JEFFERSON CITY, Mo. -- Proposed 10 percent funding cuts remain in place for four-year public universities after the first round of the state budget process.
The House appropriations committee handling spending for the Department of Higher Education on Thursday chose to endorse Gov. Bob Holden's budget recommendations for such institutions after a brief discussion.
Holden recommended $45.3 million in state money for Southeast Missouri State University for fiscal year 2003, which begins July 1. That would mark a $5 million drop from what the General Assembly earmarked for the university for the current fiscal year, but only about a $520,000 actual funding reduction following midyear cuts the governor ordered to help balance the present budget. Southeast had requested $55 million for the current fiscal year.
Many steps left
However, many steps are left before the state budget is finalized. Southeast and other schools still could be hit with deeper reductions.
State Rep. Jason Crowell, R-Cape Girardeau, said the House Budget Committee -- the next stop for the higher education appropriations measure -- will likely leave four-year institutions alone.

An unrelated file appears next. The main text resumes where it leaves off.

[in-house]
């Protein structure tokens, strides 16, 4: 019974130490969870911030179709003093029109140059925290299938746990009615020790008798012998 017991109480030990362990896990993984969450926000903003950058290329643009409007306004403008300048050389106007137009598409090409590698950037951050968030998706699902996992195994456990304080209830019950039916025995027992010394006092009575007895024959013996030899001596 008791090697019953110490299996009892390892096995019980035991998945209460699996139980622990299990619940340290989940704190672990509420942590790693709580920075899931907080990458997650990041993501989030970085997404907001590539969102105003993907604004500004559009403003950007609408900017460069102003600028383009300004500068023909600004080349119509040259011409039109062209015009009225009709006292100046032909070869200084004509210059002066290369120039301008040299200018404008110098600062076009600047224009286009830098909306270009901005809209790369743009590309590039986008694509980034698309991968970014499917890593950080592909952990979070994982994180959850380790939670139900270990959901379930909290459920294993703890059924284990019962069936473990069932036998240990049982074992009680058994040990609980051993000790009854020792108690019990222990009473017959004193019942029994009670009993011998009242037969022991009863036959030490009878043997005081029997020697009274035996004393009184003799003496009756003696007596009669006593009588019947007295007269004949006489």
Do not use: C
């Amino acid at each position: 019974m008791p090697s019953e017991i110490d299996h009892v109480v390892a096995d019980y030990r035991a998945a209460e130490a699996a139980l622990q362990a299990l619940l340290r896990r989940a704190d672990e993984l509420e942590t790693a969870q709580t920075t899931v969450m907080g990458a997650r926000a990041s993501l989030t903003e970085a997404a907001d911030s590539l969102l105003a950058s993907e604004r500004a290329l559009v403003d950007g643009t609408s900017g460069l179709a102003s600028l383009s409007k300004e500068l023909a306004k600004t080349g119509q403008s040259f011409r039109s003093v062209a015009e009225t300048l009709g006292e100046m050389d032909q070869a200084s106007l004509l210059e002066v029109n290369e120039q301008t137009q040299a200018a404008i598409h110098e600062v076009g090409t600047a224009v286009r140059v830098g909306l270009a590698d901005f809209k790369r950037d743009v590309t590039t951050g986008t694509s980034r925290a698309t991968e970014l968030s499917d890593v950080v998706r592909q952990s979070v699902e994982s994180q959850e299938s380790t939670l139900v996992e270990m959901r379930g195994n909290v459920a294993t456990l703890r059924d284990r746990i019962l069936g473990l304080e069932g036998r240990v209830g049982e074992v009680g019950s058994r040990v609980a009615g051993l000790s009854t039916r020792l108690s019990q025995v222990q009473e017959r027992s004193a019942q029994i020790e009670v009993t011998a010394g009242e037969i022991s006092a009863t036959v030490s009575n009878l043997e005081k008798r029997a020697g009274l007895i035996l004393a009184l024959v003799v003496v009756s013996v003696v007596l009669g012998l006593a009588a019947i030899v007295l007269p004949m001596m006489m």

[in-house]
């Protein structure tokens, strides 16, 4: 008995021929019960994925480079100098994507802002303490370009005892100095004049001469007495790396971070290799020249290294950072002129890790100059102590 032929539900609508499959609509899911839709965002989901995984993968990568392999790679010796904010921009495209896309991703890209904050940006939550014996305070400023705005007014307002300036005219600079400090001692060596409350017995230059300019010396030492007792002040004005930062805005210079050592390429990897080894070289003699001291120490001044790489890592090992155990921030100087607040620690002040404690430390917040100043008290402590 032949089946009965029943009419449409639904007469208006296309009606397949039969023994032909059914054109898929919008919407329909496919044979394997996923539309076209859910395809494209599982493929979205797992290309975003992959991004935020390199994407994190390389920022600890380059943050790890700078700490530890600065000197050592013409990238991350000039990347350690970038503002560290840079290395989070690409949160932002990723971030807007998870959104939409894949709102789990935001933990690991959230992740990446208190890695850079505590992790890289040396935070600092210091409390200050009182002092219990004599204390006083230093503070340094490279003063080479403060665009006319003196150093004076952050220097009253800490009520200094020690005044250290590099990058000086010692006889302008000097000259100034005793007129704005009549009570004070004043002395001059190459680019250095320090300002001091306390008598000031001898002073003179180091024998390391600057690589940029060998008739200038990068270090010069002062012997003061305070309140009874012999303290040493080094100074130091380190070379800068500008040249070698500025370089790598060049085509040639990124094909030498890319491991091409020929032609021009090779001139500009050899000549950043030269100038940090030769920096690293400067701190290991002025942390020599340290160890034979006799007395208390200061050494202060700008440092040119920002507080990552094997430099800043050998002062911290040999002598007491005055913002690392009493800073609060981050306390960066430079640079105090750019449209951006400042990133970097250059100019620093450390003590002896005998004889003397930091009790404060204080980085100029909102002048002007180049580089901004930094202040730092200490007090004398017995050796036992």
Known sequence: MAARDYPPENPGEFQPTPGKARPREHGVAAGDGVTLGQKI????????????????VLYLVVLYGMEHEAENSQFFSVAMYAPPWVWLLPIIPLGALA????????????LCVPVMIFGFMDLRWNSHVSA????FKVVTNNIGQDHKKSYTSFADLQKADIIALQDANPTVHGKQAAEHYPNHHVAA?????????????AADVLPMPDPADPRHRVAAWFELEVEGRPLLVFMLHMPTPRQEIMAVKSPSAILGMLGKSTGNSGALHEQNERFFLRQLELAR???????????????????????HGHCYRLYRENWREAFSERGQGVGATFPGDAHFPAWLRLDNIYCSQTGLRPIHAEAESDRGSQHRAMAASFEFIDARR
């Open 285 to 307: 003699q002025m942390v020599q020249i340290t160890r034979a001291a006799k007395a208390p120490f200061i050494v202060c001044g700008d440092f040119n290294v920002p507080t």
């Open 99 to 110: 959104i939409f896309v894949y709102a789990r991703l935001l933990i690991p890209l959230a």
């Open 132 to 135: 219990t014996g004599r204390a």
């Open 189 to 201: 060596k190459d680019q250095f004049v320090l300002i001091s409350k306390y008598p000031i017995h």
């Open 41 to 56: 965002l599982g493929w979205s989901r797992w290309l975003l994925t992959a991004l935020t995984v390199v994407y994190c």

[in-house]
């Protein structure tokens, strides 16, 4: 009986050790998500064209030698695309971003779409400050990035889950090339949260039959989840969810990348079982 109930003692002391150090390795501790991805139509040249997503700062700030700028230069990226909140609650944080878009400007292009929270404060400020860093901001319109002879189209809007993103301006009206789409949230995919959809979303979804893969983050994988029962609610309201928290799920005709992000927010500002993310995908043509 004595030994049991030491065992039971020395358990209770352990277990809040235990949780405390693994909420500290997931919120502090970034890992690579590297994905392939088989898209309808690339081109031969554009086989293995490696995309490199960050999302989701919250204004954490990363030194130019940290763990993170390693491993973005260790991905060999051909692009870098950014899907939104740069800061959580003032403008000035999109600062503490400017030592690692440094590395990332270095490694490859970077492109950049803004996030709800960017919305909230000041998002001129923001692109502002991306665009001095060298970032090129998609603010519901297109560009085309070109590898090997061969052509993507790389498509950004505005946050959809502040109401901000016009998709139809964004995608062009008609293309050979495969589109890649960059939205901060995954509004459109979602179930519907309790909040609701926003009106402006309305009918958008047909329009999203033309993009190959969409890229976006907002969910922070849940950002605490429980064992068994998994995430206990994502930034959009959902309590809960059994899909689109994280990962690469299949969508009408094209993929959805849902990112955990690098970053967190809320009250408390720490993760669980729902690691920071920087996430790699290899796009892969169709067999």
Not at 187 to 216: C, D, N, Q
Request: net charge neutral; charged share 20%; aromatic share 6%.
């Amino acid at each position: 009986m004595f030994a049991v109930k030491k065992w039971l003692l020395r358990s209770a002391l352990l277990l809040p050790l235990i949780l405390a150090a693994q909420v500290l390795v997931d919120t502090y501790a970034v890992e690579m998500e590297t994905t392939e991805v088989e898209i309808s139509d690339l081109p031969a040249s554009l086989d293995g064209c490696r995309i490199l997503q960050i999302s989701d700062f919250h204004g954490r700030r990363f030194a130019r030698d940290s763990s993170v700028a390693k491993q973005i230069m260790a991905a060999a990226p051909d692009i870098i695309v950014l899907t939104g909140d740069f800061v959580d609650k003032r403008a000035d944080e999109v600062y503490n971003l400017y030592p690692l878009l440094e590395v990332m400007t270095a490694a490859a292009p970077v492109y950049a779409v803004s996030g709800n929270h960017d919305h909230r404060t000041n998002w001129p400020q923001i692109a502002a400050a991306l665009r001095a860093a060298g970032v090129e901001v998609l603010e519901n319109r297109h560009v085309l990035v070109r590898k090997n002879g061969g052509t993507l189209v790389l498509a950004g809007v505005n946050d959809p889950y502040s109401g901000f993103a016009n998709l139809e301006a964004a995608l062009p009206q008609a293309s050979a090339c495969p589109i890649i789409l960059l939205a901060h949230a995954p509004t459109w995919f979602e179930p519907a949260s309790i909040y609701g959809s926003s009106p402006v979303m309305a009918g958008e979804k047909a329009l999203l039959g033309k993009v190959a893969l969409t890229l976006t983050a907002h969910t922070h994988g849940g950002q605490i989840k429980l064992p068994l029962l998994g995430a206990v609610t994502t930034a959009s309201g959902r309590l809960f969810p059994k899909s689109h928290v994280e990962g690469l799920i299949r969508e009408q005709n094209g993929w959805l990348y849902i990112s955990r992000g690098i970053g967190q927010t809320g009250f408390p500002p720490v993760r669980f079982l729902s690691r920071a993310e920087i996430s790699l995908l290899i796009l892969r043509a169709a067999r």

During recent budget hearings, university president Dr. Ken Dobbins and officials with other public institutions asked the committee to consider cuts of only 5 percent, banking on an improved economy in the coming months and, therefore, improved state revenue.
The only change for four-year institutions, for which the governor recommended nearly $730 million combined, was to eliminate the $120,000 annual salary of one assistant chancellor in the University of Missouri system.
Four-year schools claim the bulk of the Department of Higher Education's $1.08 billion proposed budget, which the appropriations committee has yet to finalize.
The biggest committee fight came over a proposal to eliminate the entire $1.1 million budget of the Coordinating Board for Higher Education, which oversees the department. However, a compromise was reached under which the board's budget for staff and other expenses would be reduced by about 20 percent, or $222,000.
The bill is HB 1103.